Tories desperate to save their fall guys

Iain Dale writes on Lib Dem Voice today an article that attempts to point the way forward for the Lib Dems in the wake of catastrophic election results. Sadly, despite the fact that Iain is actually a rather nice guy, he fails to understand the problem, and his solutions are very much what is best for the Tory Party, not the Lib Dems.

Vince Cable, who has long been on Iain's list of Lib Dems who need bashing, comes in for some tribal abuse from Iain. The fact that Iain then brings up a quote from a campaign manual from more than a decade ago, long since abandoned, but still copied and circulated as a truth by the Tories actually serves to highlight the very point Vince Cable was making about the Tories.

But where Iain really loses is is his view that the Lib Dems need to stick with the coalition. The need to join was to avoid a Greece style meltdown. This has been avoided, so the need for the Lib Dems to remain has gone. Iain says we face the prospect of the Lib Dems losing many MPs if we walk away from the coalition now. What he does not say is that if we go now, we lose. But if we wait four more years, we take all the flak for the Tories, allow them to pick off our council base, degrade our ability to campaign and show our independence, and by the time 2015 comes around, we will be in a worse state, whilst the Tories will be strengthened.

Iain's final analysis that the Lib Dems position would improve by bringing back David Laws his hopelessly at odds with what I found on the doorsteps in March, April and May. Iain likes to quote canvassing in Norfolk. I can assure Iain that bringing back a discredited right wing Lib Dem who has long been suspected within Lib Dem ranks as being on the extreme right wing of the party (admittedly though still to the left of Iain), is not what people want on the doorsteps of Norfolk.

What people told me is that they want those who broke promises to stop lying, apologise and for the Lib Dems to once again develop a back bone, which was so obvious in the Iraq war.

We do need to re focus and decide what we stand for, and what we want to be as a political party because we have abandoned our voters. Tories like this government, and as I warned a year ago, why should anyone who likes the government vote Lib Dem ? If they like this government, which is essentially a Tory one with a little Lib Dem garnish, they just need to vote Tory, You don't order a meal because you like the side salad, and that is what we are.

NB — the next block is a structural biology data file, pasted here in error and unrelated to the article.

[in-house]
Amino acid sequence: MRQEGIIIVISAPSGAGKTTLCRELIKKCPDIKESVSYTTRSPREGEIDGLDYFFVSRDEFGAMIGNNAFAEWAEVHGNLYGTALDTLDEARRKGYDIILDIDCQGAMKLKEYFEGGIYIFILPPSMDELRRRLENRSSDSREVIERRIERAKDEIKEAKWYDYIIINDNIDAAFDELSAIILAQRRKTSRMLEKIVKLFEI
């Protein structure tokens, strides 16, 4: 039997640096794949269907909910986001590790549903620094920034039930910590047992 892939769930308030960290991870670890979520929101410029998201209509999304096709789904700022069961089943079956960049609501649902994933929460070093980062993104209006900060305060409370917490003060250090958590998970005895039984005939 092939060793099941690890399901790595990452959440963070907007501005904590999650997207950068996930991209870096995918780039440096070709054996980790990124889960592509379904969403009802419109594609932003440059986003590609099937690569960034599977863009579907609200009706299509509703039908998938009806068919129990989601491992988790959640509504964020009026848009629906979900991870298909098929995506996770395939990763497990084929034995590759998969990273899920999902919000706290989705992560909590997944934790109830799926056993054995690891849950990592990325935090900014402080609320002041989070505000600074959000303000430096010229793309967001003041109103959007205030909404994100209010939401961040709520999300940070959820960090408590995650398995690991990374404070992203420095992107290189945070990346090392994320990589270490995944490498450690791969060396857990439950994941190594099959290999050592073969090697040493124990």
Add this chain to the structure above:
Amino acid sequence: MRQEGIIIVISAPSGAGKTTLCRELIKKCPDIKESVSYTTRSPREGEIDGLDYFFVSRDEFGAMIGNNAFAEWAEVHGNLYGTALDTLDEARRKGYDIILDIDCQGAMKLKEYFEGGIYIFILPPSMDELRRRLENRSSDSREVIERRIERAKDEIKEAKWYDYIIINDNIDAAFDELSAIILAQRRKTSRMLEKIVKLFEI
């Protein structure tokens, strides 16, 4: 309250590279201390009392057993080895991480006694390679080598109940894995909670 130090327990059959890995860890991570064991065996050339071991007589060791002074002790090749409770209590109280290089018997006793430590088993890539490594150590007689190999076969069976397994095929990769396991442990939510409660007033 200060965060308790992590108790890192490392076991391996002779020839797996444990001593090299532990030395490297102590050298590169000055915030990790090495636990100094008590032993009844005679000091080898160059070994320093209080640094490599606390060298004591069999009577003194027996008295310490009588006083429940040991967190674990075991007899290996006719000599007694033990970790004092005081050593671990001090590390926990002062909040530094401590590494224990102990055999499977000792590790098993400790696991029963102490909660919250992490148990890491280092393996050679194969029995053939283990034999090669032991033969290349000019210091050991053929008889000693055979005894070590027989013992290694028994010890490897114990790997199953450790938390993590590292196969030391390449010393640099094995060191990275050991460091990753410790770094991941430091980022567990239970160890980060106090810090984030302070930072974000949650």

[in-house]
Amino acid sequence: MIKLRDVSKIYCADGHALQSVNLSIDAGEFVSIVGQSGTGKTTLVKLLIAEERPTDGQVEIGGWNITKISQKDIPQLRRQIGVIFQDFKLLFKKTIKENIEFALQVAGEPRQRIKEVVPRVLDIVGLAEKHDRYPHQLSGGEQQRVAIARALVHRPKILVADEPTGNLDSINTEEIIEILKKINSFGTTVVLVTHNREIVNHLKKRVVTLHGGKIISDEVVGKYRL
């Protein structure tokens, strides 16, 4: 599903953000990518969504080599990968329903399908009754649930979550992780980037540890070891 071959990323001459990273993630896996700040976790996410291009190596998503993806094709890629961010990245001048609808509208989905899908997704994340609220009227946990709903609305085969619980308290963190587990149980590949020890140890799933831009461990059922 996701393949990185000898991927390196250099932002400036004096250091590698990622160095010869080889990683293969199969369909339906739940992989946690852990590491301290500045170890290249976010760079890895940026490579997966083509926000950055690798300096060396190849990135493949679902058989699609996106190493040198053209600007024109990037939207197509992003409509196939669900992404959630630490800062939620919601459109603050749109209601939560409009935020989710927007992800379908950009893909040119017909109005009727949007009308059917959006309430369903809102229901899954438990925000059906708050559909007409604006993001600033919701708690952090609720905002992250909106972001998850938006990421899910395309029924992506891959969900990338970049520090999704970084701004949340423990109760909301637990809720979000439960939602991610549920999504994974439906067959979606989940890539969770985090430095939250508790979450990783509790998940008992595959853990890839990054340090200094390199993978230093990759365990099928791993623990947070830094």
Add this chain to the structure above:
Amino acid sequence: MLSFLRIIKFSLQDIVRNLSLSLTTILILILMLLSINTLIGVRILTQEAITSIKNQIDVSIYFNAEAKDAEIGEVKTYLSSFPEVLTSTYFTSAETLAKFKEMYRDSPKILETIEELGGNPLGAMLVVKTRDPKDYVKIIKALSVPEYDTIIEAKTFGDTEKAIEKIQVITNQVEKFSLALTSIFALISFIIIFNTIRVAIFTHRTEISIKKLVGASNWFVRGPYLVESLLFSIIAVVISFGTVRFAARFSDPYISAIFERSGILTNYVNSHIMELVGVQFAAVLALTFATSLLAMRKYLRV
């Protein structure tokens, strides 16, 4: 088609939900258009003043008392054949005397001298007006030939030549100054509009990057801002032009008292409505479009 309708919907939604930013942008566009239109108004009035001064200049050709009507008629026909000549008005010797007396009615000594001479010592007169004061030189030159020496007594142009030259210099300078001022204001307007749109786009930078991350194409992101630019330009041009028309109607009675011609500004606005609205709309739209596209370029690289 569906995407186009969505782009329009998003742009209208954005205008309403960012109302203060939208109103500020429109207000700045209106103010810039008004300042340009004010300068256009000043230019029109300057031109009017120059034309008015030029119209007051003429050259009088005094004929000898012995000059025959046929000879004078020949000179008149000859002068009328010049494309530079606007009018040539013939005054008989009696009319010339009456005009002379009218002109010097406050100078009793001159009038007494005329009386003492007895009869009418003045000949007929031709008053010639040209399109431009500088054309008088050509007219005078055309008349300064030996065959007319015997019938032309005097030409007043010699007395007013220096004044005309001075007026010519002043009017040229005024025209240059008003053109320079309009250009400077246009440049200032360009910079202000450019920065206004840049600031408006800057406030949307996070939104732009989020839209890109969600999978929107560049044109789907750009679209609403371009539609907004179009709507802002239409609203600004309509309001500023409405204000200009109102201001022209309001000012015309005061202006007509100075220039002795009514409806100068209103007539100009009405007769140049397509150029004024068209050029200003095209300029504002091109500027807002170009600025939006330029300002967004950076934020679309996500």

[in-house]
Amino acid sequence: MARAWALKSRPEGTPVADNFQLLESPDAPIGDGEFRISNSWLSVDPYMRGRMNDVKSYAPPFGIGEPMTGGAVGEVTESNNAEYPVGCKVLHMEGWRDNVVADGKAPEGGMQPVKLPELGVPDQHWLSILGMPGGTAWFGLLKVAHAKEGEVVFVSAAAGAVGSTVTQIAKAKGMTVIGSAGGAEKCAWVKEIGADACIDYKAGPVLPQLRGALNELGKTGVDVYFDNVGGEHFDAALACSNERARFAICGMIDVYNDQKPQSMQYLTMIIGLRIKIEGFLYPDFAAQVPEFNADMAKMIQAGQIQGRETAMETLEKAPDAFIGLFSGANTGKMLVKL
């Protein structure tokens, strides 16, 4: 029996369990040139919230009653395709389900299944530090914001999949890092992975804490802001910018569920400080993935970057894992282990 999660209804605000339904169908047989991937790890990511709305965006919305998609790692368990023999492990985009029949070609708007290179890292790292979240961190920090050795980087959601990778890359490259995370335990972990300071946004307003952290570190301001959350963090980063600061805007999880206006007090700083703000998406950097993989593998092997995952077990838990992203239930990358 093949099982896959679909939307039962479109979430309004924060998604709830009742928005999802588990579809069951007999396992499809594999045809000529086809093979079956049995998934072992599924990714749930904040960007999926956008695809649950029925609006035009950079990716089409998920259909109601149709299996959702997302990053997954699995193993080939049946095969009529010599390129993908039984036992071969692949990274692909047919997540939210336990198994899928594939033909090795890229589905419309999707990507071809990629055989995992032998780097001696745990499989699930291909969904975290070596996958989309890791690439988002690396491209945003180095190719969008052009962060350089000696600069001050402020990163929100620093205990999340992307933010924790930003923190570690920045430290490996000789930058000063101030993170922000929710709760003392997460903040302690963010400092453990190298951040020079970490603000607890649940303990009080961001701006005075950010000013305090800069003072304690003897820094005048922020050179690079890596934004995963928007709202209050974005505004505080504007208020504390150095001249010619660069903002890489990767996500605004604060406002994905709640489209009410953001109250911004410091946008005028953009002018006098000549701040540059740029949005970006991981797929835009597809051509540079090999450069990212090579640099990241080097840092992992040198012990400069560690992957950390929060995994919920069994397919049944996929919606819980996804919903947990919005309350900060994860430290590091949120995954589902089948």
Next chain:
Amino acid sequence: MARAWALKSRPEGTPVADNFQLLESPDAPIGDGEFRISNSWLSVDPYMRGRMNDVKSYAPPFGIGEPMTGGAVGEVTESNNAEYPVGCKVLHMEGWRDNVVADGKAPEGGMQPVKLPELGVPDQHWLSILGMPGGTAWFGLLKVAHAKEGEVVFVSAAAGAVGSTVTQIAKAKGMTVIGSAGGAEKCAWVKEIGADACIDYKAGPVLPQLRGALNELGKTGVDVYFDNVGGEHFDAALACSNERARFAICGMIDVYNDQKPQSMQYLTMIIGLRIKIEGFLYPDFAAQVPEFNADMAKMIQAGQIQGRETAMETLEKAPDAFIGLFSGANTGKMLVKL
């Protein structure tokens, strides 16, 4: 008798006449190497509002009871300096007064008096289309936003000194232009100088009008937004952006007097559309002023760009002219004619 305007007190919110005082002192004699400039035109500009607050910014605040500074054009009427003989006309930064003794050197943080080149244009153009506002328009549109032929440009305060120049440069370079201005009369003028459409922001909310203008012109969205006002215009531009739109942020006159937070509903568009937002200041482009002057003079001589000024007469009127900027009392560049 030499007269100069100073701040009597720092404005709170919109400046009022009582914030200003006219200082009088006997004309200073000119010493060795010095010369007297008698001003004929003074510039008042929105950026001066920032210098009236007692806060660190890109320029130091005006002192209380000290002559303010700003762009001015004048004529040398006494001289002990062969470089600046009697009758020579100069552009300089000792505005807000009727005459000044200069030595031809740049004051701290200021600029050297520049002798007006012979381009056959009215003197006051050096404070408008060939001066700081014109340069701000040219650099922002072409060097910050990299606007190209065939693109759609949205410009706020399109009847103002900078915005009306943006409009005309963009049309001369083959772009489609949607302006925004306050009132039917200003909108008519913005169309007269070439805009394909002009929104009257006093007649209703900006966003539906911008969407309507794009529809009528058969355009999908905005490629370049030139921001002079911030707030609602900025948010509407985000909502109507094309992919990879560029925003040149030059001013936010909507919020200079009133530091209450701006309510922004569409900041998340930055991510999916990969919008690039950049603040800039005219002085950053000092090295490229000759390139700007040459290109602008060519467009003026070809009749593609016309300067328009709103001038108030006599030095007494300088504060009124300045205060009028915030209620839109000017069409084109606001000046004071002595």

Nick Clegg is political poison. I turn the TV off when he comes on because he makes me want to shout at him. When he was in Norwich a couple  of weeks ago, I told Lib Dems I would  NOT like an invite to his meeting for fear I would say what I think of him.

The Tories love him, he's their fall guy. The fact that Tories are coming to his defence is reason enough to know we are not doing the right thing.


Hopeful said...

Some good points.The Tories want to keep Clegg in place because he is a lightning conductor for ALL anti-coaltion sentiment.I find it hard to believe a party as politically savvy as the Lib Dems used to be has allowed this to happen.Even more depressing are the Lib Dems who now feel the party's problem is one of 'presentation and perception' .These are exactly the excuses used by John Major and Gordon Brown just before suffering massive election defeats.I wish I kndew a way back for the Lib Dems, but they seem to be heading full steam towards the iceberg and electoral oblivion.

Alan said...

Your analysis is right, Nich - you will be damaged if you stay in the coalition.

You will, however, be damaged if you leave it, as a minority Tory govt will take all the credit for things going right, whilst you have taken the initial investment in pain. The key policies (economy, education, welfare) will march on and deliver goodies to the public around 2014. Fiddling with the NHS is always a vote-loser and can be ditched. No LDs would also allow the Tories to adopt popular/ist policies on prisons & EU.

It's a moot decision point anyway, as the chauffeur-driven cars have captured the hearts (Tim Farron being a notable exception). You will stay in coalition because your leaders have no wish to lose their power.

The time to have argued your points was before the last election (as preparation for negotiations), or possibly before your party elected a load of Orange Bookers to the top of the party,

As a Tory voter, I see Laws, Clegg, Lamb, Huhne, Alexander etc as "wet" Tories - economically liberal, free trading tax-cutters (like all Tories) but with a socially liberal bent. This is not how I would describe the typical LD activist (although many LD voters, esp in the South, do match this).

How on earth did you let them take over your party?

Norfolk Blogger said...

Norman Lamb does not fit your description, in my honest opinion. I've known Norman for 19 years, was vice Chairman of North Norfolk Lib Dems, and he is no Orange Booker.

Aside from that, I accept the
thrust of your arguments.

Norfolk Blogger said...

Hopeful, the situation reminds me of the scene in Austin Powers 1, with the guy frozen with fear as the steam roller slowly approaches, slowly, painfully slowly, and he stands for 30 seconds until eventually he is steamrollered out of existence. We can see the steam roller is four years away and have our eyes closed as a party hoping it somehow won't crush us.

Augustus78 said...

Is Norman Lamb advising Nick Clegg to push through Tory policies or is Clegg not listening to Norman?